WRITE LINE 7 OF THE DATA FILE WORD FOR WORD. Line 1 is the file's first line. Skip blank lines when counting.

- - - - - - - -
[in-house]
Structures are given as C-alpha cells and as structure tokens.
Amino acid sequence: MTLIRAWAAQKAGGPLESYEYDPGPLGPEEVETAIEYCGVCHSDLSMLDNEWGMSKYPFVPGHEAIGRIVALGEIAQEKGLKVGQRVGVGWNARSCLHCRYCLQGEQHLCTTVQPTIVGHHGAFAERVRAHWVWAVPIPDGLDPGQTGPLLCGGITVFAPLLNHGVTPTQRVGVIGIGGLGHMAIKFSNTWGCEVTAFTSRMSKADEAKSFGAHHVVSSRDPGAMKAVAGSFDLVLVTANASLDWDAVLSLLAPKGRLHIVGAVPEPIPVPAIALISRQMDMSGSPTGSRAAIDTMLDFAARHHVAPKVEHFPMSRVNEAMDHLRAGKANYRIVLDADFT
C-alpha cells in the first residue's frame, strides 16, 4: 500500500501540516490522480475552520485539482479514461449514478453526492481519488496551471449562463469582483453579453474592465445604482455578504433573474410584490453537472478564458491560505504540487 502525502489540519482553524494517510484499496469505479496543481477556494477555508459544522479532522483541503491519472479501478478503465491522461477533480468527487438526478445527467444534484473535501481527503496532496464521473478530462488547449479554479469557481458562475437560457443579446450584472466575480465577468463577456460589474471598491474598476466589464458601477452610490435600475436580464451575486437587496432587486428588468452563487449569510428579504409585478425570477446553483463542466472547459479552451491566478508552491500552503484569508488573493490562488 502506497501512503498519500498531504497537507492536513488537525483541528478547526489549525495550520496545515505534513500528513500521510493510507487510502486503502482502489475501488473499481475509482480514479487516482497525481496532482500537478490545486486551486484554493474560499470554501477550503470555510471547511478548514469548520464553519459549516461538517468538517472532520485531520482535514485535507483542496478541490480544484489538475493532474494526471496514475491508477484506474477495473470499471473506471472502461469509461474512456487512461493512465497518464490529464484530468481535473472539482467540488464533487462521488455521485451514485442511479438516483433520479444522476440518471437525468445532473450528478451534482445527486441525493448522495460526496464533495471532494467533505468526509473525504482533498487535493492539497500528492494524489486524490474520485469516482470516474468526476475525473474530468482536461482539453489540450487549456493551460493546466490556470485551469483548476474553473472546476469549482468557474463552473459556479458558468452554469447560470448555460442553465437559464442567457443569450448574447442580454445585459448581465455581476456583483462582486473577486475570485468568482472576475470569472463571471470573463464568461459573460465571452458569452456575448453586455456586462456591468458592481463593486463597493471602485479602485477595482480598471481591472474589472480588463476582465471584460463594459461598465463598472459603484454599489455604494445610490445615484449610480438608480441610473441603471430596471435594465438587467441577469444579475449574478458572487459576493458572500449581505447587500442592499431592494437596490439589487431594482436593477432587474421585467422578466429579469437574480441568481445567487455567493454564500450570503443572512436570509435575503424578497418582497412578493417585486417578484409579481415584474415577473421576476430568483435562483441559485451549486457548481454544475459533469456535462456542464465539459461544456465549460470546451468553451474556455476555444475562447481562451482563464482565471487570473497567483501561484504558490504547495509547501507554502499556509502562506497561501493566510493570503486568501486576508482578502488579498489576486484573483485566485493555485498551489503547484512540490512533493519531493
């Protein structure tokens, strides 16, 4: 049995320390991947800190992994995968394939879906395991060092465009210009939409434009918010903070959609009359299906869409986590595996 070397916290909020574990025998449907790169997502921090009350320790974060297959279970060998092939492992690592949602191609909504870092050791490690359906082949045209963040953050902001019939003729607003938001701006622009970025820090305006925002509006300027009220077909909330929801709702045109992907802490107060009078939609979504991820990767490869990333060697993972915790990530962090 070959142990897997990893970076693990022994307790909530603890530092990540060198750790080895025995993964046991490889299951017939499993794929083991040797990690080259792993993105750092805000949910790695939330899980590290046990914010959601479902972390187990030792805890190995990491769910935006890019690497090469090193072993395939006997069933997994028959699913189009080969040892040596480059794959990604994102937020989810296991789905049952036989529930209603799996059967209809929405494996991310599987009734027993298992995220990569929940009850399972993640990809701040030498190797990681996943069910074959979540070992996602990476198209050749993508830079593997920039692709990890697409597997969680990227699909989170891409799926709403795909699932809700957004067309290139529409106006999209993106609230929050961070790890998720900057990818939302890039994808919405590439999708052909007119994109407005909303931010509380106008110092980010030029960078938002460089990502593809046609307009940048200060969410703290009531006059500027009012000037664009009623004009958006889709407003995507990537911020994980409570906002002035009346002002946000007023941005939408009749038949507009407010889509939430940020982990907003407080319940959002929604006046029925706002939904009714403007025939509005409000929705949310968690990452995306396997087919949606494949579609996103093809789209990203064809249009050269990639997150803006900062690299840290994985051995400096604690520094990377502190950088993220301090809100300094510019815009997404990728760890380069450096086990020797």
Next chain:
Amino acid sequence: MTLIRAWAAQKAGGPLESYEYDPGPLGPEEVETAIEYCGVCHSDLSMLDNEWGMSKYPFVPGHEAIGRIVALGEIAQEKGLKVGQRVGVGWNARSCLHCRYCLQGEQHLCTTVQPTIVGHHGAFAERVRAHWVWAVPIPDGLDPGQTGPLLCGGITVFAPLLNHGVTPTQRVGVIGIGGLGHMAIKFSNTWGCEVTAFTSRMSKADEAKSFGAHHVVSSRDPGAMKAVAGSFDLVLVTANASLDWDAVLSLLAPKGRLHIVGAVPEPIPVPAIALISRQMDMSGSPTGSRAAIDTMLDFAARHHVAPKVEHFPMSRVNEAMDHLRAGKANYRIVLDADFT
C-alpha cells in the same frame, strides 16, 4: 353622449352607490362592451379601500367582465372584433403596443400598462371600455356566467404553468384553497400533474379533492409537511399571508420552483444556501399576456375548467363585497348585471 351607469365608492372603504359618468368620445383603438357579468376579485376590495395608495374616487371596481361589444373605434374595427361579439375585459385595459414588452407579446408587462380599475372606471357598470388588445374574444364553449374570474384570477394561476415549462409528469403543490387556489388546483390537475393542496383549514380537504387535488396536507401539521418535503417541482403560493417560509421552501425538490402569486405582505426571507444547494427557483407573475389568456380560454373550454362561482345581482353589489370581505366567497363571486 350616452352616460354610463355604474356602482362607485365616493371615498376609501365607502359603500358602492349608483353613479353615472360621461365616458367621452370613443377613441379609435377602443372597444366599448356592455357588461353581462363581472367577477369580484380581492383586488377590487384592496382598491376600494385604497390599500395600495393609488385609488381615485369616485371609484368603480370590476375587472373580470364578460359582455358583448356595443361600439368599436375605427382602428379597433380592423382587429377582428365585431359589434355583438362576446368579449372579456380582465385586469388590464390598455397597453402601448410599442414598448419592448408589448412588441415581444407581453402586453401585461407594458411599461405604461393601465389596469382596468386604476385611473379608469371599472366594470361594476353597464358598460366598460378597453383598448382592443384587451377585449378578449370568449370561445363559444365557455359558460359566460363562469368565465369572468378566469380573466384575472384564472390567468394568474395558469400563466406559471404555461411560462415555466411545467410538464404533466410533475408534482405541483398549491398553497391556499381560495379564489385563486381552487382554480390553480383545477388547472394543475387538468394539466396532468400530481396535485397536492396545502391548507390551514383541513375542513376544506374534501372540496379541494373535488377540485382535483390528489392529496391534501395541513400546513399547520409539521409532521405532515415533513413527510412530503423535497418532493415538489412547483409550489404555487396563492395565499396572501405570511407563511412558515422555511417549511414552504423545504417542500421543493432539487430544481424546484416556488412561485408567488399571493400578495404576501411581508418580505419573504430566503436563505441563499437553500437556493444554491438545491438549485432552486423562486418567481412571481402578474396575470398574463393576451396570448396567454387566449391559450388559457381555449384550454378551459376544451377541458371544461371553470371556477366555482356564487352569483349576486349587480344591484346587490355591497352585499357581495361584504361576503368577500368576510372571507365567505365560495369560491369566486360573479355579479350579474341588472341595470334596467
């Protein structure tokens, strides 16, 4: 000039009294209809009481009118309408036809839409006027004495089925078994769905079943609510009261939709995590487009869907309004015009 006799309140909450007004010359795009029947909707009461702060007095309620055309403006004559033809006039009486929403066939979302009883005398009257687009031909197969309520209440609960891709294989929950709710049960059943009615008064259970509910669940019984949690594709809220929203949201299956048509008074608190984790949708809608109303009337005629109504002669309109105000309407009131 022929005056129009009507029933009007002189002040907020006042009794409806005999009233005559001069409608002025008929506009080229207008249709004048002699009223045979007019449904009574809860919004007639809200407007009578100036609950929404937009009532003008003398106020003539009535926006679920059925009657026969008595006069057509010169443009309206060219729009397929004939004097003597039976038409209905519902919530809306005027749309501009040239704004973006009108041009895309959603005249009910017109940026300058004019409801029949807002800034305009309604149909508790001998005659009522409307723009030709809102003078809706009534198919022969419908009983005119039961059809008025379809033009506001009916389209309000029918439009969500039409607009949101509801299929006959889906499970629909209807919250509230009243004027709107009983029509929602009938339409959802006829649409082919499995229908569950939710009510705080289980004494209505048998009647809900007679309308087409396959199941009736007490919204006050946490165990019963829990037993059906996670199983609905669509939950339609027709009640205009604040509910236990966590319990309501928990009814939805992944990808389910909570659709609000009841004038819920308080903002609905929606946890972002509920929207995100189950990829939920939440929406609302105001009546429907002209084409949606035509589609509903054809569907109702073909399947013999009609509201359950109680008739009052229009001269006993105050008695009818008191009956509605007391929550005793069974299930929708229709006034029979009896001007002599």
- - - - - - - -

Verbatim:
Amino acid sequence: MTLIRAWAAQKAGGPLESYEYDPGPLGPEEVETAIEYCGVCHSDLSMLDNEWGMSKYPFVPGHEAIGRIVALGEIAQEKGLKVGQRVGVGWNARSCLHCRYCLQGEQHLCTTVQPTIVGHHGAFAERVRAHWVWAVPIPDGLDPGQTGPLLCGGITVFAPLLNHGVTPTQRVGVIGIGGLGHMAIKFSNTWGCEVTAFTSRMSKADEAKSFGAHHVVSSRDPGAMKAVAGSFDLVLVTANASLDWDAVLSLLAPKGRLHIVGAVPEPIPVPAIALISRQMDMSGSPTGSRAAIDTMLDFAARHHVAPKVEHFPMSRVNEAMDHLRAGKANYRIVLDADFT